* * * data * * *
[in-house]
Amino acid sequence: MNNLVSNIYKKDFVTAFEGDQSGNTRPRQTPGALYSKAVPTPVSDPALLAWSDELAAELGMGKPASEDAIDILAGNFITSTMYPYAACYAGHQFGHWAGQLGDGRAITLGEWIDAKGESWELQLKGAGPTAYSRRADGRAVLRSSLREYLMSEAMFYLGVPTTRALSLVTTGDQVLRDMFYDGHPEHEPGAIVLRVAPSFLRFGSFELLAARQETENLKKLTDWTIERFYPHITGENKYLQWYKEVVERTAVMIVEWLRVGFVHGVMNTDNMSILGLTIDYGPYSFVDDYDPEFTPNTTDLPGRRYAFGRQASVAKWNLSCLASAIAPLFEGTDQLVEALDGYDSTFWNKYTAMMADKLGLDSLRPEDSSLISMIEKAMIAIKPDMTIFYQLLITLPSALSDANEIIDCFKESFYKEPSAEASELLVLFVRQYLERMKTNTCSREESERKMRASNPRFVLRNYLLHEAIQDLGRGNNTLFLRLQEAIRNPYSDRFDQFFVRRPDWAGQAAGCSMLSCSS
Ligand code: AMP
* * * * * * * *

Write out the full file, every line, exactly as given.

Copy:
[in-house]
Amino acid sequence: MNNLVSNIYKKDFVTAFEGDQSGNTRPRQTPGALYSKAVPTPVSDPALLAWSDELAAELGMGKPASEDAIDILAGNFITSTMYPYAACYAGHQFGHWAGQLGDGRAITLGEWIDAKGESWELQLKGAGPTAYSRRADGRAVLRSSLREYLMSEAMFYLGVPTTRALSLVTTGDQVLRDMFYDGHPEHEPGAIVLRVAPSFLRFGSFELLAARQETENLKKLTDWTIERFYPHITGENKYLQWYKEVVERTAVMIVEWLRVGFVHGVMNTDNMSILGLTIDYGPYSFVDDYDPEFTPNTTDLPGRRYAFGRQASVAKWNLSCLASAIAPLFEGTDQLVEALDGYDSTFWNKYTAMMADKLGLDSLRPEDSSLISMIEKAMIAIKPDMTIFYQLLITLPSALSDANEIIDCFKESFYKEPSAEASELLVLFVRQYLERMKTNTCSREESERKMRASNPRFVLRNYLLHEAIQDLGRGNNTLFLRLQEAIRNPYSDRFDQFFVRRPDWAGQAAGCSMLSCSS
Ligand code: AMP